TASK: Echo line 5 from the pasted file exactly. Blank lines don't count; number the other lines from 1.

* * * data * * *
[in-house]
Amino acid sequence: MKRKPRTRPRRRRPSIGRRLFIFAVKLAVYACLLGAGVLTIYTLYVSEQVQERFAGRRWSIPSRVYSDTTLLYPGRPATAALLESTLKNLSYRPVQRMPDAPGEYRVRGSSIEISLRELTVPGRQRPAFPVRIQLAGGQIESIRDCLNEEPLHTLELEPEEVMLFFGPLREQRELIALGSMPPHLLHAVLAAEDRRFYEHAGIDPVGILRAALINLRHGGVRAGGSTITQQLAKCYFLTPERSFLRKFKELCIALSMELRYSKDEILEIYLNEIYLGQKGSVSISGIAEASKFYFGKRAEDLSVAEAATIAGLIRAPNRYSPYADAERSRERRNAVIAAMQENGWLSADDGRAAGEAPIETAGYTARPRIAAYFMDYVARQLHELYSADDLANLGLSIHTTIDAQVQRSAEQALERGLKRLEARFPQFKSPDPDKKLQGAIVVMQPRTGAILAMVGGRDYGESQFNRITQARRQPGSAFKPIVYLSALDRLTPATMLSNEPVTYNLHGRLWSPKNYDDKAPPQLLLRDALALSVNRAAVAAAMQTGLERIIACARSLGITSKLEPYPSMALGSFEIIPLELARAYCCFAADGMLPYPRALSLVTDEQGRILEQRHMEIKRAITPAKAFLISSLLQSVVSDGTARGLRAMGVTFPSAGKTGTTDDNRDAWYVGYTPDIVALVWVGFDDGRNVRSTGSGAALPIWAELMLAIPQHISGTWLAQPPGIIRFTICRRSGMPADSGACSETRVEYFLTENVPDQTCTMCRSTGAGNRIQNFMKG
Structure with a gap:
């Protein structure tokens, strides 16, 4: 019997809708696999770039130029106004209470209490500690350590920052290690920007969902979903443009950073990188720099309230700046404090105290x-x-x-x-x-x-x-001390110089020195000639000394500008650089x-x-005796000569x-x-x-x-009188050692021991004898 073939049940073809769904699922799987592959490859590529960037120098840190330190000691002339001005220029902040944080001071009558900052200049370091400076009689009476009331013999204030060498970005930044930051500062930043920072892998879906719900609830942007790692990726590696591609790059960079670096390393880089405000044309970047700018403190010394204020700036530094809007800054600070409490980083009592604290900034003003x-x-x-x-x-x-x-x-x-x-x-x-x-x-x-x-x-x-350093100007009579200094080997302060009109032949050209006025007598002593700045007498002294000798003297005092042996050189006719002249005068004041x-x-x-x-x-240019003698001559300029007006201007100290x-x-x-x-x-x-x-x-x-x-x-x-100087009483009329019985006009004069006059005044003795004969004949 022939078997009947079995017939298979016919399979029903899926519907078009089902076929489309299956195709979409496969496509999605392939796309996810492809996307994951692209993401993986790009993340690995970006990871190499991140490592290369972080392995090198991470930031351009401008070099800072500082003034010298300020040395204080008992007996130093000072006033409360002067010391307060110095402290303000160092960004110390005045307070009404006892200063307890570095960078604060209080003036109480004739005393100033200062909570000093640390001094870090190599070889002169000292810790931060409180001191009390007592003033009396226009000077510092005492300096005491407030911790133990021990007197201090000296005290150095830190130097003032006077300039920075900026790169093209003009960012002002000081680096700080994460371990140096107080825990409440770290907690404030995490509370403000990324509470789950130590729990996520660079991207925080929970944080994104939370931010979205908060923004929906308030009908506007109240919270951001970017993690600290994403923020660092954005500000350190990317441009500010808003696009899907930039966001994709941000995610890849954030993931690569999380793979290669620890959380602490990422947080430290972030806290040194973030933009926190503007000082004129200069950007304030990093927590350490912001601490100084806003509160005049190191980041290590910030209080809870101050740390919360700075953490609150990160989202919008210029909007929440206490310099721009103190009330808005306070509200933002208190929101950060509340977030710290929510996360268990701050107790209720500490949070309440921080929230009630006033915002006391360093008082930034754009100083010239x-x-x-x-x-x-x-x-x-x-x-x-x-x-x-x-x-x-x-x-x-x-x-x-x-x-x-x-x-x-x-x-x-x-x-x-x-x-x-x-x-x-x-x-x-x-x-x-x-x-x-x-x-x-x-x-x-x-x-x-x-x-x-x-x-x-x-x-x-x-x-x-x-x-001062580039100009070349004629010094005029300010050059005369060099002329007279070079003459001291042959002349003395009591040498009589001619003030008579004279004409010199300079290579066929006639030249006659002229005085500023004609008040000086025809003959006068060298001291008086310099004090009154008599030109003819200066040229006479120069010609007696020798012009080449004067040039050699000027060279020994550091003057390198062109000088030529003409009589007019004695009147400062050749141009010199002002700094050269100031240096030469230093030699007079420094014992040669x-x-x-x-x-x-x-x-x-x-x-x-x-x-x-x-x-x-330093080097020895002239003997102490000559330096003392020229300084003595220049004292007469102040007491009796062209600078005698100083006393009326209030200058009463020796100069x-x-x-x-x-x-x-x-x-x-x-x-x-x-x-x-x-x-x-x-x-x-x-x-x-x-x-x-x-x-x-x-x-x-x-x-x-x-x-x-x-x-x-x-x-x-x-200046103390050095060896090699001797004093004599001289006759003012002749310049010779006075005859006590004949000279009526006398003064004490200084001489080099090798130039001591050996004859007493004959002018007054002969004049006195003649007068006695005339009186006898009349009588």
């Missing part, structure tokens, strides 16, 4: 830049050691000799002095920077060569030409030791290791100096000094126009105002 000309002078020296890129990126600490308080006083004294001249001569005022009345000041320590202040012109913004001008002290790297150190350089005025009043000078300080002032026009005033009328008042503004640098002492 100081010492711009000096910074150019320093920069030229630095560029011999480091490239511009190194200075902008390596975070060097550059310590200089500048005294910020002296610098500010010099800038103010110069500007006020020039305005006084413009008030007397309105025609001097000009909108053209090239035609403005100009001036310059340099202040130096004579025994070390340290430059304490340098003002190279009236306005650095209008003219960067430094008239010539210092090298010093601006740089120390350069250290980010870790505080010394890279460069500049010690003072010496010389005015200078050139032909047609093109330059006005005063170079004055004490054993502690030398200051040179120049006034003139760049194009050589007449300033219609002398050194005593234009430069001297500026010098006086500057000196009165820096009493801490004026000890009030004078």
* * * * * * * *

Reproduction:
């Missing part, structure tokens, strides 16, 4: 830049050691000799002095920077060569030409030791290791100096000094126009105002 000309002078020296890129990126600490308080006083004294001249001569005022009345000041320590202040012109913004001008002290790297150190350089005025009043000078300080002032026009005033009328008042503004640098002492 100081010492711009000096910074150019320093920069030229630095560029011999480091490239511009190194200075902008390596975070060097550059310590200089500048005294910020002296610098500010010099800038103010110069500007006020020039305005006084413009008030007397309105025609001097000009909108053209090239035609403005100009001036310059340099202040130096004579025994070390340290430059304490340098003002190279009236306005650095209008003219960067430094008239010539210092090298010093601006740089120390350069250290980010870790505080010394890279460069500049010690003072010496010389005015200078050139032909047609093109330059006005005063170079004055004490054993502690030398200051040179120049006034003139760049194009050589007449300033219609002398050194005593234009430069001297500026010098006086500057000196009165820096009493801490004026000890009030004078």